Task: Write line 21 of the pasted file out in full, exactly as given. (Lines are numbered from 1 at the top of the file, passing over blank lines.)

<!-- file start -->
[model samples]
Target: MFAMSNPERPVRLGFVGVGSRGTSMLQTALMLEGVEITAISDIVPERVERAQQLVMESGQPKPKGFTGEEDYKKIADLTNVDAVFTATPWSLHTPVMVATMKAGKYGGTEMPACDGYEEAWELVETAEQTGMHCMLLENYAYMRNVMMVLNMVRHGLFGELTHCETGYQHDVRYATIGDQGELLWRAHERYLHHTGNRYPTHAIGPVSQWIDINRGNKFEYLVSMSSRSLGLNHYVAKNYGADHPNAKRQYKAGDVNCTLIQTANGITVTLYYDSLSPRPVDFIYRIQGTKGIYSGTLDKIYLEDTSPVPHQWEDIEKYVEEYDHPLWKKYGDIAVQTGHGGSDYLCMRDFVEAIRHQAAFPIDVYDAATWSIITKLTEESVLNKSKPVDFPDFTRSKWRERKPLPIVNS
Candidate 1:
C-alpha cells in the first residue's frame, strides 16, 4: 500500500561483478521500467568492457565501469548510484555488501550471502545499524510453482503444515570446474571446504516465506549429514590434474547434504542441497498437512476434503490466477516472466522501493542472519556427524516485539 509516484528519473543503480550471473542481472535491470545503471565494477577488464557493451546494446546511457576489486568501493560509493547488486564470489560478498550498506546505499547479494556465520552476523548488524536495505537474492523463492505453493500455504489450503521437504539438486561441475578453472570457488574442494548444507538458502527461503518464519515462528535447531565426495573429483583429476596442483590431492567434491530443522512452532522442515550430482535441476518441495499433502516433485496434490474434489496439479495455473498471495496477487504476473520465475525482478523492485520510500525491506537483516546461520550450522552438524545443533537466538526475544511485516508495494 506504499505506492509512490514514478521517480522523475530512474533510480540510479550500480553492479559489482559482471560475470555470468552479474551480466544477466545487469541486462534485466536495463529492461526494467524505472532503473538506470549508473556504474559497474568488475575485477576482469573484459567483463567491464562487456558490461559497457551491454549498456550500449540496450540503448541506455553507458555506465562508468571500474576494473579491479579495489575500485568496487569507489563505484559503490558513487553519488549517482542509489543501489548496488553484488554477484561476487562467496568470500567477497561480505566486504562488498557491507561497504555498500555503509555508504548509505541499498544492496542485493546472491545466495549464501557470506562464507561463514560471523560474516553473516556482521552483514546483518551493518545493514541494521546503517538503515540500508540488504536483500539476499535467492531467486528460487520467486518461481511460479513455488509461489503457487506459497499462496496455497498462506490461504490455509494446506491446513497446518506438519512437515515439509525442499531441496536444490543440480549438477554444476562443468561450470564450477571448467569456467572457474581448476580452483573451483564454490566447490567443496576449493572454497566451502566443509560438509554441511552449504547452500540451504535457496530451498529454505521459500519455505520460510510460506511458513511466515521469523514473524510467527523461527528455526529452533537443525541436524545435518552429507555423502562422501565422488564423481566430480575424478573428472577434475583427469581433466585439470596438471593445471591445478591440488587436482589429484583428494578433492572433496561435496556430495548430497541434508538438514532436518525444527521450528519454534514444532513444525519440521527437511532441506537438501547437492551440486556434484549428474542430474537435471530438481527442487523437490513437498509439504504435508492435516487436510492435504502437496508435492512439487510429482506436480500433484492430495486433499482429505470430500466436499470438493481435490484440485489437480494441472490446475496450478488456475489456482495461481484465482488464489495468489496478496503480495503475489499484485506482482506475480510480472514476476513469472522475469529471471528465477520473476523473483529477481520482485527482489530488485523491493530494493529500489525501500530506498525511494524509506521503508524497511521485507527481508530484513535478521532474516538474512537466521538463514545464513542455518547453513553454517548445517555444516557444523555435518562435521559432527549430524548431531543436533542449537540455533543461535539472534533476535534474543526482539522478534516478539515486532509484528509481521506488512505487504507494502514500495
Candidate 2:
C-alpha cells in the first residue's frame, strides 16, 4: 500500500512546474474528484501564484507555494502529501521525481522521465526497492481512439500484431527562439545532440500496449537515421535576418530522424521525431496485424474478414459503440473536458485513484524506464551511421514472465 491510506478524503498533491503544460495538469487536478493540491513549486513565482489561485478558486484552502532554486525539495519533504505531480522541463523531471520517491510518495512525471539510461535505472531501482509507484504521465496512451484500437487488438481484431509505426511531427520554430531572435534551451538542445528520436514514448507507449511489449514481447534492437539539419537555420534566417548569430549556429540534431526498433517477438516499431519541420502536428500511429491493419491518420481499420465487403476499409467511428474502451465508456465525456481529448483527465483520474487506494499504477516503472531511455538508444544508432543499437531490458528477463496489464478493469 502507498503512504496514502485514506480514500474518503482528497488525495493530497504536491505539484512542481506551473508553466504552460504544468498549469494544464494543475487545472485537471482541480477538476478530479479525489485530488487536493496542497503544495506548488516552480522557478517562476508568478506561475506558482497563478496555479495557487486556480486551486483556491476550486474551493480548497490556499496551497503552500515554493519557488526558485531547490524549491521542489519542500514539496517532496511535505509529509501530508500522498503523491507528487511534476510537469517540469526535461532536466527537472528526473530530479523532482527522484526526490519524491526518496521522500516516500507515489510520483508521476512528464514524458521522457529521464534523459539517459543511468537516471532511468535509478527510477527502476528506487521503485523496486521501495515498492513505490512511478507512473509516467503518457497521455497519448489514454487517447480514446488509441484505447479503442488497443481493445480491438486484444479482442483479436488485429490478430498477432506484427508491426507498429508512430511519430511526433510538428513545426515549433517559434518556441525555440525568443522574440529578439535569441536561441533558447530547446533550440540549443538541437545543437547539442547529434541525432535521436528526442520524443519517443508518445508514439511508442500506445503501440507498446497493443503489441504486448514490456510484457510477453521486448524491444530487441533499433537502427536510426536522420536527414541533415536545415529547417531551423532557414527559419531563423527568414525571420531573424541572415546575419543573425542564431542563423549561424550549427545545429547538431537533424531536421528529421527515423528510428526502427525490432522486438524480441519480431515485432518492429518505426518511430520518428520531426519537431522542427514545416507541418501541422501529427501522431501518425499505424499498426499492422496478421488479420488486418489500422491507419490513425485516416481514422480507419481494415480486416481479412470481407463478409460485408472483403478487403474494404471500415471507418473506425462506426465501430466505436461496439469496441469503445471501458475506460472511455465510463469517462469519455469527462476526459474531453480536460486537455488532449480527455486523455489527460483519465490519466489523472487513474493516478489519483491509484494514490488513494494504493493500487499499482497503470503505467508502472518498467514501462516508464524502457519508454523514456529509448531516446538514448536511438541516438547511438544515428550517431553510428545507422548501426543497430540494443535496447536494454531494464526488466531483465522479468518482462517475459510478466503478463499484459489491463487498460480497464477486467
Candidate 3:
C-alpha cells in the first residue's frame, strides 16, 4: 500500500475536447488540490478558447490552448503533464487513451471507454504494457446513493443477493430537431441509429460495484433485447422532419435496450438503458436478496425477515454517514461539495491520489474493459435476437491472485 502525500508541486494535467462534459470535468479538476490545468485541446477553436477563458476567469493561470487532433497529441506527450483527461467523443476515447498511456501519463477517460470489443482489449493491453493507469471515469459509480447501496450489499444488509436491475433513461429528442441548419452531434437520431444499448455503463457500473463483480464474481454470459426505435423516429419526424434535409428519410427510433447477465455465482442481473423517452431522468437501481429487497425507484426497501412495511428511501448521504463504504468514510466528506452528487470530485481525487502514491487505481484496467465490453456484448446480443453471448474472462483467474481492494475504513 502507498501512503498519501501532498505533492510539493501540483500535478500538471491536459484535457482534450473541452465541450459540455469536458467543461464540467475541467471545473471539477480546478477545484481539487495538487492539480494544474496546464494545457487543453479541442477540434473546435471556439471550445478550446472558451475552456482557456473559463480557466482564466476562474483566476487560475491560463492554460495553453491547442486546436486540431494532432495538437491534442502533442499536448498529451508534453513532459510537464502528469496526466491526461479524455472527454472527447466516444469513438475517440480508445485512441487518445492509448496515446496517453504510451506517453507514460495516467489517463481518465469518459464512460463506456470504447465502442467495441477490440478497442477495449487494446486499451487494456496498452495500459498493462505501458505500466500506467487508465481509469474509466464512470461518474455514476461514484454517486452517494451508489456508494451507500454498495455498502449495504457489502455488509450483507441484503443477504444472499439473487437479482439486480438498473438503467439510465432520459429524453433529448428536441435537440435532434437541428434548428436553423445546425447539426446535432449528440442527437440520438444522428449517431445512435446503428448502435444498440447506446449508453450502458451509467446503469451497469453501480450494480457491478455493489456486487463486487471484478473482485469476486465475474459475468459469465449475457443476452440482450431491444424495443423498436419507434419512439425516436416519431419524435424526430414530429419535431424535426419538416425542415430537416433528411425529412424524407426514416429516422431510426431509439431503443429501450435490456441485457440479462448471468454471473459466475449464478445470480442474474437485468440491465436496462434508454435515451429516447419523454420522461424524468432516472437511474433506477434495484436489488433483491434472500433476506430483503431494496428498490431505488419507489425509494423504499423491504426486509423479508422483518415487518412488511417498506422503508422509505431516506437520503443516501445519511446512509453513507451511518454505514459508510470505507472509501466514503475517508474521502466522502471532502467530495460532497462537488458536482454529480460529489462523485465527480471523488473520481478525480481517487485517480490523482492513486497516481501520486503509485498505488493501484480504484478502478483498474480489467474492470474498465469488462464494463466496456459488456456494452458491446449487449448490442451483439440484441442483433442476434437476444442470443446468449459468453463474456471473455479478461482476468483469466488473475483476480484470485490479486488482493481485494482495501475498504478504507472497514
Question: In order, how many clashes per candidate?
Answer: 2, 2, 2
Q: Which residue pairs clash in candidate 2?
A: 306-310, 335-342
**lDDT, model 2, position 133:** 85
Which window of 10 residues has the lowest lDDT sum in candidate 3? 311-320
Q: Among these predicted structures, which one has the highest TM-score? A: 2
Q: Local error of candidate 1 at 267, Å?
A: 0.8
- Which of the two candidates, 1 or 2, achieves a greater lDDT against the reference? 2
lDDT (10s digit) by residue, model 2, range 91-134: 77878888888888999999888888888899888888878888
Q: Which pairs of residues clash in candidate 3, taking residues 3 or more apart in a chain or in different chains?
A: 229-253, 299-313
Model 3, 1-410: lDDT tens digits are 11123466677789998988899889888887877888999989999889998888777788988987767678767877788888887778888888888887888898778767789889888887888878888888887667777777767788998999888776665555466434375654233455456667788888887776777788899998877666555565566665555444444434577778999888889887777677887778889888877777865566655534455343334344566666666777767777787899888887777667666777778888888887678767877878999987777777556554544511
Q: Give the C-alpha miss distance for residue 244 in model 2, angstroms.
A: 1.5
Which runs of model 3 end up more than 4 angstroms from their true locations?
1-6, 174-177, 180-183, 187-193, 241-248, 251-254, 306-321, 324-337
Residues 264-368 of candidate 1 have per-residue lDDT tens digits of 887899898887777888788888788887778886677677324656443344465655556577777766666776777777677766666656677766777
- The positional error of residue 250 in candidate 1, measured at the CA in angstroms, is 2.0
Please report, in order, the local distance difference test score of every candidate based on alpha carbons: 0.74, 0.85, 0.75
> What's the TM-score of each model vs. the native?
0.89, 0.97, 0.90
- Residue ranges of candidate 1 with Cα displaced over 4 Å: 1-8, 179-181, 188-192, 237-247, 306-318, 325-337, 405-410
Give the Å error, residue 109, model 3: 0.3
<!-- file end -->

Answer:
A: 229-253, 299-313